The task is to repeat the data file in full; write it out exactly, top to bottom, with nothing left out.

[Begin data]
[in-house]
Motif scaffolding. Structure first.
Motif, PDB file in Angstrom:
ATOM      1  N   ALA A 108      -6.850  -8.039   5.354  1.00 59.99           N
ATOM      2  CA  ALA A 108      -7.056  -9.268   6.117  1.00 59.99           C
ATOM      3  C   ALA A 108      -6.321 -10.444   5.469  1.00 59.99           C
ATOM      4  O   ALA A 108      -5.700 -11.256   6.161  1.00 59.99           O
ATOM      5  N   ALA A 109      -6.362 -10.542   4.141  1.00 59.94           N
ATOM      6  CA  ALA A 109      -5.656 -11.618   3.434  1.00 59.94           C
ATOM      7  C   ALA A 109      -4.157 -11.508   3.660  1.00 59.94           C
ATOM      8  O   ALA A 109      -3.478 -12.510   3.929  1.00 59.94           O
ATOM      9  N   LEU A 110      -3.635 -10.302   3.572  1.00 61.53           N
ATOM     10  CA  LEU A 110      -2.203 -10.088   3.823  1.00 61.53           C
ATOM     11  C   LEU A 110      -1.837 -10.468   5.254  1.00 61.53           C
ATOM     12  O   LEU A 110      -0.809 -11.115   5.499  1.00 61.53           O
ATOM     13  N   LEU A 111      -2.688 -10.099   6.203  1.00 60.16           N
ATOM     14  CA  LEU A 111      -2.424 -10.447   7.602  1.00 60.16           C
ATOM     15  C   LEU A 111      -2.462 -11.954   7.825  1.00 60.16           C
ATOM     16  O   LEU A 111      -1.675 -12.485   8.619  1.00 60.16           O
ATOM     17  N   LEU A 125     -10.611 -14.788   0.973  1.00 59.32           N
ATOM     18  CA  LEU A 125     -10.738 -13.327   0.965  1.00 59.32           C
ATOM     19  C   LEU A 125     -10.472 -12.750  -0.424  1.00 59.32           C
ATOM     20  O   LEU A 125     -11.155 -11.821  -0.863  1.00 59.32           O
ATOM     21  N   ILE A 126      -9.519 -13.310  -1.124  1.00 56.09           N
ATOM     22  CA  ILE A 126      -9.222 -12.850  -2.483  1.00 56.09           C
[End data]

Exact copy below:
[in-house]
Motif scaffolding. Structure first.
Motif, PDB file in Angstrom:
ATOM      1  N   ALA A 108      -6.850  -8.039   5.354  1.00 59.99           N
ATOM      2  CA  ALA A 108      -7.056  -9.268   6.117  1.00 59.99           C
ATOM      3  C   ALA A 108      -6.321 -10.444   5.469  1.00 59.99           C
ATOM      4  O   ALA A 108      -5.700 -11.256   6.161  1.00 59.99           O
ATOM      5  N   ALA A 109      -6.362 -10.542   4.141  1.00 59.94           N
ATOM      6  CA  ALA A 109      -5.656 -11.618   3.434  1.00 59.94           C
ATOM      7  C   ALA A 109      -4.157 -11.508   3.660  1.00 59.94           C
ATOM      8  O   ALA A 109      -3.478 -12.510   3.929  1.00 59.94           O
ATOM      9  N   LEU A 110      -3.635 -10.302   3.572  1.00 61.53           N
ATOM     10  CA  LEU A 110      -2.203 -10.088   3.823  1.00 61.53           C
ATOM     11  C   LEU A 110      -1.837 -10.468   5.254  1.00 61.53           C
ATOM     12  O   LEU A 110      -0.809 -11.115   5.499  1.00 61.53           O
ATOM     13  N   LEU A 111      -2.688 -10.099   6.203  1.00 60.16           N
ATOM     14  CA  LEU A 111      -2.424 -10.447   7.602  1.00 60.16           C
ATOM     15  C   LEU A 111      -2.462 -11.954   7.825  1.00 60.16           C
ATOM     16  O   LEU A 111      -1.675 -12.485   8.619  1.00 60.16           O
ATOM     17  N   LEU A 125     -10.611 -14.788   0.973  1.00 59.32           N
ATOM     18  CA  LEU A 125     -10.738 -13.327   0.965  1.00 59.32           C
ATOM     19  C   LEU A 125     -10.472 -12.750  -0.424  1.00 59.32           C
ATOM     20  O   LEU A 125     -11.155 -11.821  -0.863  1.00 59.32           O
ATOM     21  N   ILE A 126      -9.519 -13.310  -1.124  1.00 56.09           N
ATOM     22  CA  ILE A 126      -9.222 -12.850  -2.483  1.00 56.09           C